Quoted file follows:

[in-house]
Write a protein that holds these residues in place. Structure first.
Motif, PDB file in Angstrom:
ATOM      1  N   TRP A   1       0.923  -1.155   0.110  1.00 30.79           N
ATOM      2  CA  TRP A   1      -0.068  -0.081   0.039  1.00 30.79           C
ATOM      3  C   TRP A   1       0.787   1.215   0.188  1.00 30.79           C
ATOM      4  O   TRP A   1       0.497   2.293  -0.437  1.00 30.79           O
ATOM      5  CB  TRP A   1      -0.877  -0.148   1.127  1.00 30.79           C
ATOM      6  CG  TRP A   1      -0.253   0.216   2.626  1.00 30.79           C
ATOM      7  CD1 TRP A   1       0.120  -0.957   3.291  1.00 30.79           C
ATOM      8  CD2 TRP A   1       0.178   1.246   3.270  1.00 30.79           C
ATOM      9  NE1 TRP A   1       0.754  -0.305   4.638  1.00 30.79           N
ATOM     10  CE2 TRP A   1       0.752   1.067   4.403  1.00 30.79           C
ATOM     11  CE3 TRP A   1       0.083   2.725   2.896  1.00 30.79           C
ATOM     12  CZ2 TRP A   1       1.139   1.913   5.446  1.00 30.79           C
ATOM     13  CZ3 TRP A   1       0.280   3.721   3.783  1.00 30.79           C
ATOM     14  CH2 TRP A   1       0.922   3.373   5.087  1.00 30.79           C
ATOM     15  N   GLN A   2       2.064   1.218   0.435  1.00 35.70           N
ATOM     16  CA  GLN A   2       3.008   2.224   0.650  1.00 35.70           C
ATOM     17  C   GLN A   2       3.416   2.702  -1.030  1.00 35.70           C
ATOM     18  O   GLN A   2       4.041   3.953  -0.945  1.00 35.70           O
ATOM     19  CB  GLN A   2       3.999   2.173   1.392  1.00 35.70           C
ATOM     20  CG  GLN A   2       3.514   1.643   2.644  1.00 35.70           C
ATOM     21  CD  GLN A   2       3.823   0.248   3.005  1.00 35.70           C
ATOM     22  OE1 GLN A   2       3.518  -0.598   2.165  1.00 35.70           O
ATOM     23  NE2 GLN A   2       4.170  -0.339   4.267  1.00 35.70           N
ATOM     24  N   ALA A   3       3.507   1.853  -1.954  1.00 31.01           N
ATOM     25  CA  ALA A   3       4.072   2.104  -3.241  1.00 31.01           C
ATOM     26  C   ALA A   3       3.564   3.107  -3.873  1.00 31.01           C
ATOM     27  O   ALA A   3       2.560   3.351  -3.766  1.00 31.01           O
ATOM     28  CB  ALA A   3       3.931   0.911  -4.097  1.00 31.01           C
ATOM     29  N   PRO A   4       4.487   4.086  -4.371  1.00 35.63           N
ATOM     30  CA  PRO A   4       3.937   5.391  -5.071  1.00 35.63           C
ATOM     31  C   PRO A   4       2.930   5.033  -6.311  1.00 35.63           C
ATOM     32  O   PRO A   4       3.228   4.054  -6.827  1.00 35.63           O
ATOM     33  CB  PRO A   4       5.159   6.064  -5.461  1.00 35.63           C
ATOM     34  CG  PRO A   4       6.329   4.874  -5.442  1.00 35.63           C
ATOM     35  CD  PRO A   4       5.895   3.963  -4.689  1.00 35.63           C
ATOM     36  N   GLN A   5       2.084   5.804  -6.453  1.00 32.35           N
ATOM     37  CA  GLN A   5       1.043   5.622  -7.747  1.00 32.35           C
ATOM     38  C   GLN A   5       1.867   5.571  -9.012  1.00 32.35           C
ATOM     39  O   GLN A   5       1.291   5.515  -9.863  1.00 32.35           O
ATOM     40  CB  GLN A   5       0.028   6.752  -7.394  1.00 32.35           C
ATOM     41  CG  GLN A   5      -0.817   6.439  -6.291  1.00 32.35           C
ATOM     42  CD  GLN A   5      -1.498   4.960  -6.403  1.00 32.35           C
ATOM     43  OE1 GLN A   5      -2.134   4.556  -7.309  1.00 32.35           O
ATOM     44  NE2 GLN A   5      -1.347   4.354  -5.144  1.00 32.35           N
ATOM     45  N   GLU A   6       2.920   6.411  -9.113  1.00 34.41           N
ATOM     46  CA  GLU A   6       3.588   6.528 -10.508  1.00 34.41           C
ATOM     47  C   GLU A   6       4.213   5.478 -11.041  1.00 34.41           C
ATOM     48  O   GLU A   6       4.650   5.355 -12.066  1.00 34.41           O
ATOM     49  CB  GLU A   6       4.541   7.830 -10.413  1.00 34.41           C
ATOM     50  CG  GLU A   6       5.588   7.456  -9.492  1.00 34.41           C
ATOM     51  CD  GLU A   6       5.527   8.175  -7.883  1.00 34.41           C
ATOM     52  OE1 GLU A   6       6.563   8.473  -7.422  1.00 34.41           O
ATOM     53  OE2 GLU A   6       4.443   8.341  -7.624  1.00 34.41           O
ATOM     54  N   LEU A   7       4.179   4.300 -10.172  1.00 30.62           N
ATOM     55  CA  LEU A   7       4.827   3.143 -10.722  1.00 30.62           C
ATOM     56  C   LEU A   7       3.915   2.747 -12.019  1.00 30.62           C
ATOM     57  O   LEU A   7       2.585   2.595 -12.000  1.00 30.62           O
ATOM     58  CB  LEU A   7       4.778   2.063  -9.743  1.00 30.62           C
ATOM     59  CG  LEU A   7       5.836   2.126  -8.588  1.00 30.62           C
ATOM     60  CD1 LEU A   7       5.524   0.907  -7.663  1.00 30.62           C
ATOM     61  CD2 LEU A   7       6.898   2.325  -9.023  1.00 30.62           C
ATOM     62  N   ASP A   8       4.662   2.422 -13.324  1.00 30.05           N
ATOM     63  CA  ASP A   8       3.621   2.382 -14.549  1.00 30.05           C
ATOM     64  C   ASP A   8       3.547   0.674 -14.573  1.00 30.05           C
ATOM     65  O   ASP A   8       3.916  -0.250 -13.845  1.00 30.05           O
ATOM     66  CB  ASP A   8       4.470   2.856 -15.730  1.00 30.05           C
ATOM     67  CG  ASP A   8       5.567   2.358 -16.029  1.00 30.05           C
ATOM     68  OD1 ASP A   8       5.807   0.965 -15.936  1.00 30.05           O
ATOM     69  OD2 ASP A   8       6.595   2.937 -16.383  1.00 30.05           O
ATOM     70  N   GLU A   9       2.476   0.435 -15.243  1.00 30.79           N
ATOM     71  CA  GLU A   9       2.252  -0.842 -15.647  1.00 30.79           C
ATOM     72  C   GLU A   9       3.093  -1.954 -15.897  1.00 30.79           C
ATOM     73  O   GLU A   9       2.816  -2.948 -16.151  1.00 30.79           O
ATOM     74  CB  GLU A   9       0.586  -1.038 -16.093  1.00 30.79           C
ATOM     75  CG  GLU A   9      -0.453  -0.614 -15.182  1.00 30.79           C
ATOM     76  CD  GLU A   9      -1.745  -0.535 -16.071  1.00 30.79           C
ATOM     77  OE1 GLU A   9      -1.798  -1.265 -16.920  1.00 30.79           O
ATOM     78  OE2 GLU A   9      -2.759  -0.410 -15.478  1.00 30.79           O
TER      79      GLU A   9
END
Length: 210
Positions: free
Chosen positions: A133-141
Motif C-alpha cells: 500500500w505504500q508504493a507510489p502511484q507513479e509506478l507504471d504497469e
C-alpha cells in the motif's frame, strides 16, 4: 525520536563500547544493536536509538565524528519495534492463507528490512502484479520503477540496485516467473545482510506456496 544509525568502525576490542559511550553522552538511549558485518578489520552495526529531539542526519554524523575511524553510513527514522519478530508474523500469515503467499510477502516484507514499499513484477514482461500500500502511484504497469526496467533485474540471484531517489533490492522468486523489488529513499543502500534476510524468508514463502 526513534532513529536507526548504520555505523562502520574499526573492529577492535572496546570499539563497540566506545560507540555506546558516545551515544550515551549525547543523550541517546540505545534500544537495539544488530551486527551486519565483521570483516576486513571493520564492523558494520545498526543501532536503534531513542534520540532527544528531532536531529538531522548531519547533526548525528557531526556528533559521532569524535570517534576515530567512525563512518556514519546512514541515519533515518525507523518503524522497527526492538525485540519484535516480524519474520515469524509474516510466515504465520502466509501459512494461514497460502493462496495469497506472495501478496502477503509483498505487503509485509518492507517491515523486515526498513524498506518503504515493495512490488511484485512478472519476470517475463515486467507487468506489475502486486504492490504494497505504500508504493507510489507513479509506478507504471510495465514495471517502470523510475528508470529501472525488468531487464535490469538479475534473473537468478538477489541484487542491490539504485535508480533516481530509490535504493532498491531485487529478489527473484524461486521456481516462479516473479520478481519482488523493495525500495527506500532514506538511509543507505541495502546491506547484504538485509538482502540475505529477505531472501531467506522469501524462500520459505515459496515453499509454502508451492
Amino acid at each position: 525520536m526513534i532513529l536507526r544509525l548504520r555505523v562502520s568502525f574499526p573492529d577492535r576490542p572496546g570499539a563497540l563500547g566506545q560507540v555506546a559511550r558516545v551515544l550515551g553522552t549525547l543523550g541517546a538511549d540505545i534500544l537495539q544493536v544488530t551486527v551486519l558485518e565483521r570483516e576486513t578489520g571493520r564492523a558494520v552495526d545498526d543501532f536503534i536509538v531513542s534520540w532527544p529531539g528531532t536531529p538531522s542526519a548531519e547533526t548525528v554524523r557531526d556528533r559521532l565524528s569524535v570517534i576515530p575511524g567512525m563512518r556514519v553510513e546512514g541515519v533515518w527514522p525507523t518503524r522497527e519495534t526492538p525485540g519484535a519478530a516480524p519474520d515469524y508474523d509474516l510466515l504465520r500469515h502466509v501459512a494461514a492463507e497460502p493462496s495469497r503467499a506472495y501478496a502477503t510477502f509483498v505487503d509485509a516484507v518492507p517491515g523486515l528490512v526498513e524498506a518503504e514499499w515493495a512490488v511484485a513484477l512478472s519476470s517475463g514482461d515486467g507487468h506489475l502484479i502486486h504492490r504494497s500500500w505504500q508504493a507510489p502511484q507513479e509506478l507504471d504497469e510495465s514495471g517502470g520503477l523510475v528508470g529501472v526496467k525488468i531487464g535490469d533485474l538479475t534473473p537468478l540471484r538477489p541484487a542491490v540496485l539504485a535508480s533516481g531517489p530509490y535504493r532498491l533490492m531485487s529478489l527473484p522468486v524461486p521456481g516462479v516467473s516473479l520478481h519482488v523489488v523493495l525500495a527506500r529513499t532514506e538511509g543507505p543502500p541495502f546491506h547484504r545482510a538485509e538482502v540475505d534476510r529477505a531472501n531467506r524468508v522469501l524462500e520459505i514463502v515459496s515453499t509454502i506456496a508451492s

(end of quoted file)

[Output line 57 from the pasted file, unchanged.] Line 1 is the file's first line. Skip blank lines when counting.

ATOM     54  N   LEU A   7       4.179   4.300 -10.172  1.00 30.62           N